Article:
N3 road (Ireland)

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N3 road shield}}
N3 road
Bóthar N3
Route information
Length127.39 km (79.16 mi)
(bypassed routes in italics)
Highway system

The N3 road is a national primary road in the Republic of Ireland, running between Dublin, Cavan and the border with County Fermanagh. The A509 and A46 roads in Northern Ireland form part of an overall route connecting to Enniskillen, and northwest to the border again where the N3 reappears to serve Ballyshannon in County Donegal.

Rush hour congestion between Navan and Dublin city was very heavy (up to 22,000 vehicles per day on single carriageway portions of the N3 in 2002), and problems occurred at most built-up areas between these points. A tolled motorway bypass replacement, the M3 motorway, was opened to traffic on 4 June 2010.

The former section from its junction with the M50 to Dublin city centre, as well as the bypassed section from Clonee to the border with County Cavan, have been reclassified as the R147 road.


The old N3, between Clonee and Dunshaughlin

The route, known as the Navan Road as it leaves Dublin, starts at its junction with the M50 motorway (Junction 6) and then bypasses Blanchardstown, Mulhuddart and Clonee with a dual carriageway. The dual carriageway changes into the M3 motorway near the Meath border by-passing Dunshaughlin and Navan. Near Kells the route continues as the N3 dual carriage way to the border with County Cavan. It then passes through Virginia, past Cavan Town and continues past Butlersbridge and past Belturbet.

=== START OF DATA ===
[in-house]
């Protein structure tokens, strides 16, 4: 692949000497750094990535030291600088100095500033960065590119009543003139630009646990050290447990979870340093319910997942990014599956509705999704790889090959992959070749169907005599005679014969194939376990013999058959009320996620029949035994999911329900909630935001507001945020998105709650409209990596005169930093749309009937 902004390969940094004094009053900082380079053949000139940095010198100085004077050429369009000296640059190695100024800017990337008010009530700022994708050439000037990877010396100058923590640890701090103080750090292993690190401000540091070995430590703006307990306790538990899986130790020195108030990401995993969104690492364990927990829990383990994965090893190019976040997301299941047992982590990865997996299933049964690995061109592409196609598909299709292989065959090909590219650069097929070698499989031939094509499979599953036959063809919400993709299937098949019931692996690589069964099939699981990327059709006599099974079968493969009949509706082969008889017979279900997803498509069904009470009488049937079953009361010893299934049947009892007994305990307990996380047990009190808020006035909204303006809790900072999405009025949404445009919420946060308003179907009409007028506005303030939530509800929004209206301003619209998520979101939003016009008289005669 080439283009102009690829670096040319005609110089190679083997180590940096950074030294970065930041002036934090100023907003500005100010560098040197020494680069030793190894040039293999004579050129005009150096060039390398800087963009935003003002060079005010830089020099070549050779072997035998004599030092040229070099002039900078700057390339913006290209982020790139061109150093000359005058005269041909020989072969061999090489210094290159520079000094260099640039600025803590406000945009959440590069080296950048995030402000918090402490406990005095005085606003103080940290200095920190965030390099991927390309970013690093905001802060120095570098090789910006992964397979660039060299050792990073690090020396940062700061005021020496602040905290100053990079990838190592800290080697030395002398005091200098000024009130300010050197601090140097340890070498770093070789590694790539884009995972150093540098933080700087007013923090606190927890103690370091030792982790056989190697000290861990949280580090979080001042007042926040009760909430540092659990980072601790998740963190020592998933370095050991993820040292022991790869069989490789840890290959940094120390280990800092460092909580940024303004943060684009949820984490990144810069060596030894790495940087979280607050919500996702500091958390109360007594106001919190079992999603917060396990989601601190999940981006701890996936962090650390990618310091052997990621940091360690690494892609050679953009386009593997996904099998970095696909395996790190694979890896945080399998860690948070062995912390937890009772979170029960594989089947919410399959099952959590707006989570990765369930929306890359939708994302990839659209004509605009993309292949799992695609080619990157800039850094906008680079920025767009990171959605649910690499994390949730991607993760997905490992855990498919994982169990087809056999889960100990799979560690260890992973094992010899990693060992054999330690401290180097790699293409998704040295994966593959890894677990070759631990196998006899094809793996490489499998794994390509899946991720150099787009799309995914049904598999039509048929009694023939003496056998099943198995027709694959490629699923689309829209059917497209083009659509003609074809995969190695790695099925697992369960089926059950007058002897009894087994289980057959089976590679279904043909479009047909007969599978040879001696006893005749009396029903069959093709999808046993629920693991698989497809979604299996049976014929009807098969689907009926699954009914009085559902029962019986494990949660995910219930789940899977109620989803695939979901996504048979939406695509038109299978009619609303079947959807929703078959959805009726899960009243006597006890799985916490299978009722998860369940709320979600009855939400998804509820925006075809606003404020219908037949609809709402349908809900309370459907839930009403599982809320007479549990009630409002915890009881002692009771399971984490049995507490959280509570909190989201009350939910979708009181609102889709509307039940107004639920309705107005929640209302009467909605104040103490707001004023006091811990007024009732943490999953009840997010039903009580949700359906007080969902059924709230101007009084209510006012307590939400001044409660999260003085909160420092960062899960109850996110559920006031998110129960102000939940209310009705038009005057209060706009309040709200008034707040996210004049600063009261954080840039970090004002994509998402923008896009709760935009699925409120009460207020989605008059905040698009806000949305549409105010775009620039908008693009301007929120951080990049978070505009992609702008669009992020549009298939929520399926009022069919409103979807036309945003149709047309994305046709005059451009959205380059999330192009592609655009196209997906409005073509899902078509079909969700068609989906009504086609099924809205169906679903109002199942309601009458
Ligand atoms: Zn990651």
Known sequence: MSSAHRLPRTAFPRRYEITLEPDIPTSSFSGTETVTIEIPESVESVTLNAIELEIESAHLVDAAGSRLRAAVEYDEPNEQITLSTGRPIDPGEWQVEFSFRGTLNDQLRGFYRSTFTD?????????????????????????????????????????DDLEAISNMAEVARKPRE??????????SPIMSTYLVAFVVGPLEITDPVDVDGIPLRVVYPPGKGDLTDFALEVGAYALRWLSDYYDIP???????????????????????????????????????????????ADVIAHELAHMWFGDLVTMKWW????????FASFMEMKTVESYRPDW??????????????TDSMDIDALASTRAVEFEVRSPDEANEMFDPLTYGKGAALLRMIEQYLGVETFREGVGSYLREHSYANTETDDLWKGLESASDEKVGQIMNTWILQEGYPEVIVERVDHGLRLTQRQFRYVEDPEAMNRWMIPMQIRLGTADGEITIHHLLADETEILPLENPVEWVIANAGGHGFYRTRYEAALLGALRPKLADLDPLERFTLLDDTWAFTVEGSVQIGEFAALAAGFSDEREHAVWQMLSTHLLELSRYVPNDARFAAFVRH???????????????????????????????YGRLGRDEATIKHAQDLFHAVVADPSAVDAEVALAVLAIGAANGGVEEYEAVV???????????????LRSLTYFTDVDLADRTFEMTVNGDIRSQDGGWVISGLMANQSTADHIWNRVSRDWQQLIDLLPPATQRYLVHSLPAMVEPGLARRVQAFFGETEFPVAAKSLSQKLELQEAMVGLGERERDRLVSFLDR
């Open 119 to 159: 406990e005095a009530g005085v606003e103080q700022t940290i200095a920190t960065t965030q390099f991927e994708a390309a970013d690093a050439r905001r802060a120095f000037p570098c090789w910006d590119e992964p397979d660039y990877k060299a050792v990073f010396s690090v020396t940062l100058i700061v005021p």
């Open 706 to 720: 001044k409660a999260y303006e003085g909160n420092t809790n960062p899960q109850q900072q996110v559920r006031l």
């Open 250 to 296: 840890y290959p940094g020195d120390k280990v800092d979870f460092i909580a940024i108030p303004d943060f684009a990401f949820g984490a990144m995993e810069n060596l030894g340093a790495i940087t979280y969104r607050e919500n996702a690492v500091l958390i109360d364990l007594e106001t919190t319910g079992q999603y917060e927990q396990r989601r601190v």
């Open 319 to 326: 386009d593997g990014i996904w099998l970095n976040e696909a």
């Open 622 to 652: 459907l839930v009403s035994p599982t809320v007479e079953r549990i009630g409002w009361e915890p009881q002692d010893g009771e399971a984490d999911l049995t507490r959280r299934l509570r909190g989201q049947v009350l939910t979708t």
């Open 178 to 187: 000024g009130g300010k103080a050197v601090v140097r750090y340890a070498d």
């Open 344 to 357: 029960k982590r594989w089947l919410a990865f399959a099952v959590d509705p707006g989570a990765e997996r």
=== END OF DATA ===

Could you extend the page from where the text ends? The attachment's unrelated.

The route then crosses the border into Northern Ireland at the Senator George Mitchell Peace Bridge (also known as Aghalane Bridge), which spans the Woodford River (Irish: Sruth Gráinne), crossing into County Fermanagh where it becomes the A509, continuing on to Enniskillen. The Woodford River is part of the Shannon-Erne Waterway. The A46 (known as the Lough Shore Road) connects Enniskillen and the County Donegal border, becoming the N3 across the border at Belleek, and connecting to Ballyshannon. In Ballyshannon certain road signs have destinations A46 Enniskillen with N3 Dublin with the requisite single arrow pointing in the same direction.


During The Troubles in Northern Ireland, the border crossing at Aghalane Bridge, which spanned the Woodford River (Irish: Sruth Gráinne) just north of Belturbet, was closed. Aghalane Bridge crossed from County Cavan into County Fermanagh. The bridge was targeted by Loyalist paramilitaries and finally left impassable in 1973. The shortest route was along the N87 and A32 via Swanlinbar. The crossing was reopened in 1999 when a new bridge, named after US Senator George Mitchell, was built beside the old Aghalane Bridge.[1]